Thursday, April 26, 2007

Rescue Vous?

While driving home over the mountains and through the woods with the radio off (and praying for all I was worth my car would survive the trip) I pondered….is it okay for a heroine to continually bail her hero out of sticky situations?

I know it’s plausible for her to rescue him, since the new kick-ass action romances have the heroine doing just that. But do you feel that the romantic couple should work as a team, or is it okay for the heroine to take the dominate (usually stereotypically male) role? (And I don’t mean in the bedroom with handcuffs leather chaps and a horsewhip.)

Of course, there’s no way the hero can be a nincompoop. I mean who could fall in love with a man too stupid to live? (Don’t we already dislike the girl who’s too stupid to live without adding this?) Even a nerd has redeeming qualities, like a brain for instance. And yes, Betas do exist rarely these days, but even they have the occasional fortitude to go Alpha when needed.

Earlier on the loop we discussed the changing genre of romance as it morphs to embrace the modern woman. Because she is confidant, intelligent and the person to get things done, should she be the token “hero” to save the “shrinking violet” guy? Or is this too far a reversal of the romantic norm? And should the men in romances embody the real guys we interact with everyday? Or atleast share some of those newly developed characteristics with a hotter body, etc.?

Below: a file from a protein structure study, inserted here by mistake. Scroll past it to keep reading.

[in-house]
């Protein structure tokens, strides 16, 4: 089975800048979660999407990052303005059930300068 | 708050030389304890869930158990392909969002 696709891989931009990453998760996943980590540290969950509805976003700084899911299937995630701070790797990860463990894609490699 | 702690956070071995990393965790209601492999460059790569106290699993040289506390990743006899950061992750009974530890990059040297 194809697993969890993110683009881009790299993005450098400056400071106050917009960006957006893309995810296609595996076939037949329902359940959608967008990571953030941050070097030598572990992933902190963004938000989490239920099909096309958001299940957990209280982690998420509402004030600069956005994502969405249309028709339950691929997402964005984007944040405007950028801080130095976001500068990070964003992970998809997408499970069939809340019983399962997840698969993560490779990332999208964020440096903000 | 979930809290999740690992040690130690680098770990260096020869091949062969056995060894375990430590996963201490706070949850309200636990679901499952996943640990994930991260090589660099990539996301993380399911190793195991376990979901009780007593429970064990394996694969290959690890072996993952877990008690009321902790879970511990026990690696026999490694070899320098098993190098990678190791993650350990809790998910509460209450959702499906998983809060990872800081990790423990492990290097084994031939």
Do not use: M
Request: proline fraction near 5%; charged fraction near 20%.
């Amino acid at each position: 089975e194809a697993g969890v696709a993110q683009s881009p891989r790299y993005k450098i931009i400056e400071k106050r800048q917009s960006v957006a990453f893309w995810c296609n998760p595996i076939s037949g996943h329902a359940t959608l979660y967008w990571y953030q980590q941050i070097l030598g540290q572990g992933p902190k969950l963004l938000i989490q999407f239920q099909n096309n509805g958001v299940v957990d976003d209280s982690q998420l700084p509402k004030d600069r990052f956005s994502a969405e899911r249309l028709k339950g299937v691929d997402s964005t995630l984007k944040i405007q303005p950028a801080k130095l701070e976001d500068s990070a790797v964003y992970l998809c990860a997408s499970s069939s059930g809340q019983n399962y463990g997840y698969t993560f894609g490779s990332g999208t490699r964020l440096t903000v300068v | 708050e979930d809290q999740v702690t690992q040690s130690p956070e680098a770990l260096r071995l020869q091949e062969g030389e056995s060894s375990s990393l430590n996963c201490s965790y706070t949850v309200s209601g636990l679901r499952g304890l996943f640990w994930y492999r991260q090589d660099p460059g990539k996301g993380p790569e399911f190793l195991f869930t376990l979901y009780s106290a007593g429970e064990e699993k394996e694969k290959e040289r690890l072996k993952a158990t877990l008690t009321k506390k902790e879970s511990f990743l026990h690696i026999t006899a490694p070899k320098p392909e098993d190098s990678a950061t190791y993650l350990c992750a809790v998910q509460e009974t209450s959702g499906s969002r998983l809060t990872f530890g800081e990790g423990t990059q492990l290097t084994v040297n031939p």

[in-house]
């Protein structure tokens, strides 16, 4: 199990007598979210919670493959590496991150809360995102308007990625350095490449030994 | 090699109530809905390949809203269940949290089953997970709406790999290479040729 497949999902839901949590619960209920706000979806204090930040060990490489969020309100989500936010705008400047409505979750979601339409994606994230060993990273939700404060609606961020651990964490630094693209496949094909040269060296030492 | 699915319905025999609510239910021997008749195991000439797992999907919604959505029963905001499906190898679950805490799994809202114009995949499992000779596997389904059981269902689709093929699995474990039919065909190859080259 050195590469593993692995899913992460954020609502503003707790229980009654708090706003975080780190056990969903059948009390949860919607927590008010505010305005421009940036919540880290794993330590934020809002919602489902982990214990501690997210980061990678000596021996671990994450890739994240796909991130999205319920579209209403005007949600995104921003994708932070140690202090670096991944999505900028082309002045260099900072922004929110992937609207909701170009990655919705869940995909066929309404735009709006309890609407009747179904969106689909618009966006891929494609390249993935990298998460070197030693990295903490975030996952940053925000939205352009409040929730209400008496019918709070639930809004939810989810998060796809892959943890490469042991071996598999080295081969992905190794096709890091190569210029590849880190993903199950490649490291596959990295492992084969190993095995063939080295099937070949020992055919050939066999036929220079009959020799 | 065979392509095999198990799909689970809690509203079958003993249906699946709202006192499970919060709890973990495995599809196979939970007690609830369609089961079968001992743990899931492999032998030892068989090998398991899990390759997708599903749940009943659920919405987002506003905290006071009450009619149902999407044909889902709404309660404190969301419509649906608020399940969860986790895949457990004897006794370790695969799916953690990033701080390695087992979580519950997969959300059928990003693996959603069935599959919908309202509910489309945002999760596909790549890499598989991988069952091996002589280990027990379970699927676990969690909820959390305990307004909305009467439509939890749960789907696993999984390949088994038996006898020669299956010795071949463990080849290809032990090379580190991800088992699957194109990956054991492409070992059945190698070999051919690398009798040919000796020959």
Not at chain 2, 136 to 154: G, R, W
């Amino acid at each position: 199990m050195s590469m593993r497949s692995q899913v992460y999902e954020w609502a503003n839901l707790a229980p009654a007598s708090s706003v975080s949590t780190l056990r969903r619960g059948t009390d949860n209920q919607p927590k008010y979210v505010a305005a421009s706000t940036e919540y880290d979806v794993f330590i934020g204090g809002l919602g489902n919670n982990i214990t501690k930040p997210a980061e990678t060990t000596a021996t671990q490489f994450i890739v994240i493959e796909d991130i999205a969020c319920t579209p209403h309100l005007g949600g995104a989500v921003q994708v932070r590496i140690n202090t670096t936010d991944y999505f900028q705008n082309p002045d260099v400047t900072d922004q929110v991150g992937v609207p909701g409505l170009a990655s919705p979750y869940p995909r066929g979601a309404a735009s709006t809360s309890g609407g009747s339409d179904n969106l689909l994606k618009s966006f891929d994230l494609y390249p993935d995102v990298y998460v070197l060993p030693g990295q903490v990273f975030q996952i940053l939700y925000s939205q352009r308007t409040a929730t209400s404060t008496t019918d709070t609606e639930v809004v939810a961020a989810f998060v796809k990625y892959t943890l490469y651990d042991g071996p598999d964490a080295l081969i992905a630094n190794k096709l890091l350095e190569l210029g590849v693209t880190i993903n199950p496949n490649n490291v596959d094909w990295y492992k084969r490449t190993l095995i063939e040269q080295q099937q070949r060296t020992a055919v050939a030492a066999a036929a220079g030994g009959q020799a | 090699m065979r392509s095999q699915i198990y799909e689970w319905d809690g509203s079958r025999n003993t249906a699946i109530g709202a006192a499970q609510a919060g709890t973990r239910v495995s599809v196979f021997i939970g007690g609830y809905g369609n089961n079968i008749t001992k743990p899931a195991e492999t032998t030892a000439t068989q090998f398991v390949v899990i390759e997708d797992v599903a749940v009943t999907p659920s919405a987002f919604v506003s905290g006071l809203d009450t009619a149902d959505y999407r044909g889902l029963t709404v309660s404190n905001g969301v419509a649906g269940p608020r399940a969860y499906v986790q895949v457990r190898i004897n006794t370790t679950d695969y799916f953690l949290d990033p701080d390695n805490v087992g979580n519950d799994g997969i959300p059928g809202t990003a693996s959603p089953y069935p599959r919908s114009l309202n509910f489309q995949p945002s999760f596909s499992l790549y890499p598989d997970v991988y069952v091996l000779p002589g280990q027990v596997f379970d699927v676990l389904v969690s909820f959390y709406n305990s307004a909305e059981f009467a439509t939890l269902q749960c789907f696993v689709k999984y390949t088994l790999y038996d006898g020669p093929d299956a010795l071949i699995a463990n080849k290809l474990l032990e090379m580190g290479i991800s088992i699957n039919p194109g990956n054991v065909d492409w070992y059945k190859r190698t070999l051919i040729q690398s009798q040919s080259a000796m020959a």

Are you still wondering what I was doing in those woods? I’ll preface by saying my bf didn’t manage to lock himself out of his car (or the house) again. Though I should’ve known trouble was afoot since “the guys” were getting together to hang out and had fast cars at their disposal to muddle through dangerous terrain. Did I mention he almost never calls unless something is amiss? He called on my mother’s phone twice and my sister’s phone trying to hunt me down.

With my heart in my throat I returned his call around 9 pm. It seems he’d had an accident…thought he’d totaled his car…and needed me to come get him. So what’s a girl to do? Get freaking mad first, then take a deep breath and strategize a plan of attack.

My brother-in-law and I left at midnight with a seen-better-days F-150 and rickety trailer that was hauling my car to travel across the state. Black Mountain (so named because it’s a transmission destroyer) had us saying every prayer we knew and ended up pushing us to the stopping point for the night. Three and a half hours later (and $90 poorer thanks to the shortest hotel stay I’ve had) we unloaded my car and set off to uncover the location of Fontana Dam. Things were fine until we turned off on Hwy. 28. Slowly, but surely the paved roads turned into asphalt covered goat paths that twined through the hills with sheer drops on either side. Can I say for the record, this isn’t my idea of fun? I wanted to turn back, but I knew I had to “save” my man. He had no one else to turn to.